Kyla & Alex

Canadian Triathletes, Coaches, & Exercise Scientists

Awesomes vs. Less than Awesomes

I was super motivated to write this post about 2 months ago, but at the time I was forcing myself to prioritize school. Since then, a lot of awesome and some less-than-awesome developments have occurred, so my inner list of anecdotes have become overwhelming. I will try to share them as chronologically and briefly as possible.

Awesome: I started working as a coach with Mercury Rising Triathlon Club. Get this: MRT is based out of Victoria AND Calgary, so they are a perfect fit for me (My hometown is Calgary, and current home is Victoria).  I'm being mentored by the renowned coaches, Clint Lien and super triathlete Sara Gross, so I couldn't think of a better opportunity for getting started. This has been a really fun experience so far because I get to turn my focus away from myself and towards others' goals which is a huge relief. I am mainly doing online programming and subbing in at coached sessions in Victoria, so feel free to check out the MRT website if you are a currently an un-coached triathlete, who happens to be reading my blog, and are interested in joining a very fun and successful squad.

Awesome: End of February/beginning of March we went to Florida for a training camp with a couple of shake-out training races mixed in. 90% of triathlon Canada athletes seemed to be in Clermont, so it was pretty cool to get to join up for some massive Team-Canada swims and rides. Huge thanks to Tri-Quebec, Francis & Kyla R, for fitting us into houses with the Quebec athletes while we were there. It was a blast.

    Elevate-Me oatmeals were lifesaving on the 6am flight & early               morning race starts

                   Team Canada takes over the Clermont pool

    Stoked to wear my Aqua Sphere suit for the first time in a while 

Not-so-Awesome: The races themselves were not so awesome. I ended up getting the flu the day before the Clermont PanAm cup race. I was awake all night with the shivers and body-aches of a wicked fever and stomach flu. I rolled out of bed in the morning thinking there was NO way I was going to race. I hadn't been able to eat much over the past 24 hours and was feeling very stomach crampy and exhausted. If it were world champs maybe... but with another race the following weekend, I didn't really see the point in putting myself through a public display of suffering.

In typical me-fashion, I didn't end up having the guts to drop out, so I mentally committed to just trying to have the best swim possible. focus on one thing at a time. I had the best start position of all time (right next to Sarah McClarty), so I had the opportunity to do something awesome. Awesome did not happen. My attempt at having a good attitude didn't last past my first few strokes when I realized how terrible my body felt. I spent the majority of the race wallowing in how absolutely horribly I was dying while steadily going backwards. I got to rest on the run because of a transition-box penalty, but it was only 10 seconds instead of the 15 you get in Olympic distance races. All in all, I was pretty disappointed in my failure to stay tough out there. A significant positive to this experience was that it reminded me that there is absolutely no-room for anything but a fierce and confident winning attitude in this type of racing. ITU racing is freaking fast.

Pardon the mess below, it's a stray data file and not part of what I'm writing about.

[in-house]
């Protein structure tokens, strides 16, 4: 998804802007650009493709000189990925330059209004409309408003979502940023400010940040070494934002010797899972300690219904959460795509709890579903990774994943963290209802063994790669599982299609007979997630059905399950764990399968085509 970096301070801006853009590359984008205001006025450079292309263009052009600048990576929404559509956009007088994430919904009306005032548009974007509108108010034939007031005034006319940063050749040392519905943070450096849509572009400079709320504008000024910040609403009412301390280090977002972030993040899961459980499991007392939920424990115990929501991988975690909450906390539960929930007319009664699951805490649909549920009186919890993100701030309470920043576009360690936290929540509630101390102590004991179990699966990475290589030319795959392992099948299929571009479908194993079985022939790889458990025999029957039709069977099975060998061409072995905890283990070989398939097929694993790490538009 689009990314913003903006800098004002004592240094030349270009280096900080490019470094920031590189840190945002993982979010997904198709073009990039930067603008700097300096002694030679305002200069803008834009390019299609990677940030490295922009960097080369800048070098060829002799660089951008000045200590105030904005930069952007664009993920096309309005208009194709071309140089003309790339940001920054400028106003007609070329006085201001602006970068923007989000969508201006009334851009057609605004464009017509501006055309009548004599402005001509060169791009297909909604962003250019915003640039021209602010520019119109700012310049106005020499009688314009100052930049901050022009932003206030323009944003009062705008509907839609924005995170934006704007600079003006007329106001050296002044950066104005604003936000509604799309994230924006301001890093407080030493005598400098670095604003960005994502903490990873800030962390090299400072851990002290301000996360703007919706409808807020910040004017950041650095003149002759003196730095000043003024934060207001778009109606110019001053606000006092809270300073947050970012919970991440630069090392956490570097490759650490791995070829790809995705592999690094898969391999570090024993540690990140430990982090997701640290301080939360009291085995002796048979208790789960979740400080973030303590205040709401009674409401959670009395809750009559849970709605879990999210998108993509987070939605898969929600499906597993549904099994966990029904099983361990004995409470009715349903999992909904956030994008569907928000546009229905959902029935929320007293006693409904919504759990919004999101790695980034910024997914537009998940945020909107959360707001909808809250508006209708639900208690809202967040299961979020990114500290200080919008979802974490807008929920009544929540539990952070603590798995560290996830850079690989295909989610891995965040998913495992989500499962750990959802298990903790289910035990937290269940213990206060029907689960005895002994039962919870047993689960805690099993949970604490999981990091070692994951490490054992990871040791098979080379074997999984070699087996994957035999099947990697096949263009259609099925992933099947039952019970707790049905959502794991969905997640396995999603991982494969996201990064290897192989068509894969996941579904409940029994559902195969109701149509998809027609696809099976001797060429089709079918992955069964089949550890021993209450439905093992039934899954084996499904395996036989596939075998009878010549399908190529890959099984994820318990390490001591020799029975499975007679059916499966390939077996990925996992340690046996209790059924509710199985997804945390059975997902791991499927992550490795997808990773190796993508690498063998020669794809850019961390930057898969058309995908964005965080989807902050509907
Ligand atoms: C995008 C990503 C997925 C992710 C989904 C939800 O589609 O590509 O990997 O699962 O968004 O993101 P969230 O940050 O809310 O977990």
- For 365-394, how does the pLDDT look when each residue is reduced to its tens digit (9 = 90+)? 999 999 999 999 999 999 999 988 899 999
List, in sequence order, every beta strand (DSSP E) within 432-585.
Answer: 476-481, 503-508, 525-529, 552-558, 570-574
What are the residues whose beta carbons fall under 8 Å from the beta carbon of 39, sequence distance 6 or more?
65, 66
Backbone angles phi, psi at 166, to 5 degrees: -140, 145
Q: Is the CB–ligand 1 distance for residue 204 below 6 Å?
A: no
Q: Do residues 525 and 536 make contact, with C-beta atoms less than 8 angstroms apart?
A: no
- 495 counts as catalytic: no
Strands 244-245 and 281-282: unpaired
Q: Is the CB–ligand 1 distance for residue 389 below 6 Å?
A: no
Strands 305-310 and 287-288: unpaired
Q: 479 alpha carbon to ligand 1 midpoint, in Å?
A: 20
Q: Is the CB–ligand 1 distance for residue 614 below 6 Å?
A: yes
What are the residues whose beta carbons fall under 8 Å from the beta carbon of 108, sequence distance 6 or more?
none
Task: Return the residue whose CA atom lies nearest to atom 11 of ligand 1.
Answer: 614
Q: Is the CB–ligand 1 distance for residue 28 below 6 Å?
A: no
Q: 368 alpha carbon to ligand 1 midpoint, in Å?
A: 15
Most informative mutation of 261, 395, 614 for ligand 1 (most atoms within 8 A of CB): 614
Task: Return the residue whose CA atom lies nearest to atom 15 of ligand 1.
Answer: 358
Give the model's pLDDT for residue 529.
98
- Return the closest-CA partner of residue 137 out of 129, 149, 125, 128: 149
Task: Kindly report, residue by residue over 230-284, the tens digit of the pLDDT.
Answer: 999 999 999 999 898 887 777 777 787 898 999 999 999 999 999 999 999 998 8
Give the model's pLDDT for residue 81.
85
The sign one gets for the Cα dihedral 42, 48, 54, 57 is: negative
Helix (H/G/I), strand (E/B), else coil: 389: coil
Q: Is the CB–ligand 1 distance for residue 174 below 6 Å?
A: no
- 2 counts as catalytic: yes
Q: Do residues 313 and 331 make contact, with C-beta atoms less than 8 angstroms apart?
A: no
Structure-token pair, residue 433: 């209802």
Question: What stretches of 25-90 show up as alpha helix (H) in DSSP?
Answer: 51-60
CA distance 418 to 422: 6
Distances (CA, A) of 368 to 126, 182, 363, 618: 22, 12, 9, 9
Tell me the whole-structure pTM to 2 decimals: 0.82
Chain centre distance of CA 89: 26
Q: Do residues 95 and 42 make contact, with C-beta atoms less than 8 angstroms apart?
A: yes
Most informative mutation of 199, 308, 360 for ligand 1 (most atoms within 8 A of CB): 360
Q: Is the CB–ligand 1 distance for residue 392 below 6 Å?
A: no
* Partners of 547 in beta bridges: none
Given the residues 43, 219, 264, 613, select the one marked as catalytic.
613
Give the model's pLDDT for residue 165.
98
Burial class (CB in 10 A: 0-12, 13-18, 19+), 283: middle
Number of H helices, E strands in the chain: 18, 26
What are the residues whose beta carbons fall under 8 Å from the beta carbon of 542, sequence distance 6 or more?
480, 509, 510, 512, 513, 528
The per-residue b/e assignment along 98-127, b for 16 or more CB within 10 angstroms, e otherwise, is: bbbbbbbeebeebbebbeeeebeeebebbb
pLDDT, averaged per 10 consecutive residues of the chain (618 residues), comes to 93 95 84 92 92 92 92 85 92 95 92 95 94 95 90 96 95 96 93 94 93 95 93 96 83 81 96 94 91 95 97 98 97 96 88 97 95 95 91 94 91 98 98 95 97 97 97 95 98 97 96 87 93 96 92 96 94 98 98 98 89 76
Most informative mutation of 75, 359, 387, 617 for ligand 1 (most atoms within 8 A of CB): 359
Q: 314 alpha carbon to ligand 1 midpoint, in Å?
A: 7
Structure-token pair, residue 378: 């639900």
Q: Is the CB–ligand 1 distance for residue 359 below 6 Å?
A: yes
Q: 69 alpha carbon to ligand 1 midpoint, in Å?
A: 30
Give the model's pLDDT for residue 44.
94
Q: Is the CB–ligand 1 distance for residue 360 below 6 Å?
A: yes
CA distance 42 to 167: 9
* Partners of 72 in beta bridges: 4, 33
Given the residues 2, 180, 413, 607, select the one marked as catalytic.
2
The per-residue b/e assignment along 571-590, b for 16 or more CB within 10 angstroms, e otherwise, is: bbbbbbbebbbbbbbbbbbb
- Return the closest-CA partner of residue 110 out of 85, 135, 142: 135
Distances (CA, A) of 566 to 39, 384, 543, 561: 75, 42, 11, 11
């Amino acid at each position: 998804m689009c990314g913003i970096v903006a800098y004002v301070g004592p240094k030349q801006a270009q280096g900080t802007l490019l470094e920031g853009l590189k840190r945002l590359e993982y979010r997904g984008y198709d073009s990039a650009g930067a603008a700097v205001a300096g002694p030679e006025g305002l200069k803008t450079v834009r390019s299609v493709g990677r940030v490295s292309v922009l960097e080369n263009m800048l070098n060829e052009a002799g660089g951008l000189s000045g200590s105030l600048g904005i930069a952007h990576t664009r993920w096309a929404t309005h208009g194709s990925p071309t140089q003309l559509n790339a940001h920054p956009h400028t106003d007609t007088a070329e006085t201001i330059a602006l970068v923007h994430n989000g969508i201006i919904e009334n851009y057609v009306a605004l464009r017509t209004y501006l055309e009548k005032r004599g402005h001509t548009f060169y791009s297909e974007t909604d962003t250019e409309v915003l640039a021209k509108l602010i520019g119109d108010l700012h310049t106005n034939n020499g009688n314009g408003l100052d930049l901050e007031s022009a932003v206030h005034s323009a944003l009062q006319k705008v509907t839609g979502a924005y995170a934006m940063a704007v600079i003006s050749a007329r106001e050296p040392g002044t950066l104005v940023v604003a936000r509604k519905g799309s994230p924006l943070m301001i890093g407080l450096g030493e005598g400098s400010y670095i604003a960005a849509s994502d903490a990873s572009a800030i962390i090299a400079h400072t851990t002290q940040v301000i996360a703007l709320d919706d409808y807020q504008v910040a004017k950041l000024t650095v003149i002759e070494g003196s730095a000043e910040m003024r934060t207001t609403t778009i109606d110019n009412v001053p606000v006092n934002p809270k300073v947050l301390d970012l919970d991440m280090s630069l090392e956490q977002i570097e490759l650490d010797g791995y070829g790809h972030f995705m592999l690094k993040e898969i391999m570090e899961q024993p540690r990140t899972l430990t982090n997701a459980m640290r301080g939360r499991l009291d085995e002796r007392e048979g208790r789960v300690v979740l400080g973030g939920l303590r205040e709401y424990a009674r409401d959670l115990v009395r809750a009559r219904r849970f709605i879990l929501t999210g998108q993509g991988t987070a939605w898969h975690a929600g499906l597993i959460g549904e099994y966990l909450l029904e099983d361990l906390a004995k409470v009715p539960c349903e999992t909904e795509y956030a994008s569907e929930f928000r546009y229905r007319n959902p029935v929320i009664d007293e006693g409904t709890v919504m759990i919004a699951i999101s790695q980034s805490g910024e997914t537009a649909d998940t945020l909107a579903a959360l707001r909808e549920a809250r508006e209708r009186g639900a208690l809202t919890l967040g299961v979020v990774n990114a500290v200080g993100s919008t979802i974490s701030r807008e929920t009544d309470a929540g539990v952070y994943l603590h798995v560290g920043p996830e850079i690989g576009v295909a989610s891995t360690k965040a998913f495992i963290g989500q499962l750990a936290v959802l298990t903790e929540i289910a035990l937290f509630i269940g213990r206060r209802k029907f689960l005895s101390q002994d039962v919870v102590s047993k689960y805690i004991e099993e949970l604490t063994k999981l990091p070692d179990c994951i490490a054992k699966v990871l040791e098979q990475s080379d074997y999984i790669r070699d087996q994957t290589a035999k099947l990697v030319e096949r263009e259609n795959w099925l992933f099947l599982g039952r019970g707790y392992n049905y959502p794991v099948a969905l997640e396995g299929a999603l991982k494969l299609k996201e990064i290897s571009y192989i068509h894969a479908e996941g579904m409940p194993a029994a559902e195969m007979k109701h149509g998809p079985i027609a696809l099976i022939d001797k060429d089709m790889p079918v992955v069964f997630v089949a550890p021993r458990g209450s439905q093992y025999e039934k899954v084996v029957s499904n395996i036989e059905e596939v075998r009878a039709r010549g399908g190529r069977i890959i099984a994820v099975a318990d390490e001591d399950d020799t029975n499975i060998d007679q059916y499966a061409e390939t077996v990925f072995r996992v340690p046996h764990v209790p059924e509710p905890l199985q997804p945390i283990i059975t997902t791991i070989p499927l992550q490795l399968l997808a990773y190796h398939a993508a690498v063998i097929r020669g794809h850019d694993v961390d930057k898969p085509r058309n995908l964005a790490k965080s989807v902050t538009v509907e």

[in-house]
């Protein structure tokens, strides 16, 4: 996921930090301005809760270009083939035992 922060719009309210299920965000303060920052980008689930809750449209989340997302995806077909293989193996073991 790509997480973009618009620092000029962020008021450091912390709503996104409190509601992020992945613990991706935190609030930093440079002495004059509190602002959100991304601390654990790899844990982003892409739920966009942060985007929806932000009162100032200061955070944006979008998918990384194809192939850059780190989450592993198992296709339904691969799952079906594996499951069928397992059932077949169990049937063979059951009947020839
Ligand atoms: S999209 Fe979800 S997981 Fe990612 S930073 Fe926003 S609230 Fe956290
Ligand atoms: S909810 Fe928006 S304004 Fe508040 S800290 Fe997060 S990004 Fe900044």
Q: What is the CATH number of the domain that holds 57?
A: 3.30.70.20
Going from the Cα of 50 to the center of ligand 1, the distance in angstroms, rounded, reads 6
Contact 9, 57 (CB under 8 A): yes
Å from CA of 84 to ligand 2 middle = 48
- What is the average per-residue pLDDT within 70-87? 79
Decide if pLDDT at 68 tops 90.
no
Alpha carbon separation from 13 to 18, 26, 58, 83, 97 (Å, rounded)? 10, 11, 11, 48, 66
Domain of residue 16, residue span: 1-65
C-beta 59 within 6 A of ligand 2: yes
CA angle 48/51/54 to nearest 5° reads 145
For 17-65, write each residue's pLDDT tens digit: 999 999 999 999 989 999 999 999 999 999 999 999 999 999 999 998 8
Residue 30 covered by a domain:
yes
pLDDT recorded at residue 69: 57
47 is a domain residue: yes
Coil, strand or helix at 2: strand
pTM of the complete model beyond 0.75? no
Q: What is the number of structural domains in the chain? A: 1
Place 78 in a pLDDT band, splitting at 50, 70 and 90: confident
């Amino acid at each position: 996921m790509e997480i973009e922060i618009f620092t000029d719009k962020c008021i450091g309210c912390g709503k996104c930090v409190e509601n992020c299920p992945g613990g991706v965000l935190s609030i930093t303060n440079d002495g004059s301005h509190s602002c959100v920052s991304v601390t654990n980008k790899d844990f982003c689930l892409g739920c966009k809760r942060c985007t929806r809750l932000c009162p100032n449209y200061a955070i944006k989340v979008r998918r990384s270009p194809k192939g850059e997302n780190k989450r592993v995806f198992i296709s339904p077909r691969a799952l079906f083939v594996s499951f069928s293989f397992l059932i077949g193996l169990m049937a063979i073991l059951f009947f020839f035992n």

Alex and I on the bike. Photo thanks to J5 Imaging

I went into the Sarasota PanAm cup, a week later, much more mentally prepared to race and much less pukey. I screwed up my start big-time though, and found myself on slow feet. It took me a little too long to notice when the two girls in front of me had been dropped from the Sarah-McClarty train, and a (seemingly) massive gap formed. I surged around them as quickly as I could, and spent the whole way back from the turn-buoy bridging that gap. I was really proud of my commitment because ever so gradually inching myself back up to the very quick front pack required a lot of self-belief and a significant amount of pain. I only latched on right as I came up to the swim exit. Unfortunately, I didn't have the fitness to maintain my effort and stay up with the leaders onto the bike and I soon found myself in the main chase pack. I then ran like a brick. I was certainly grateful to be back racing, but man was it an ego-destroyer! 

I knew very well that I didn't have any racing fitness going into these races coming off a gradual fall/winter, but I thought that maybe my old-self would make an appearance on race day. Sadly, no miracle occurred. That old-self is years gone. I've learnt to appreciate my health over the years, so after this race, I had to remind myself to be patient with my fitness as well.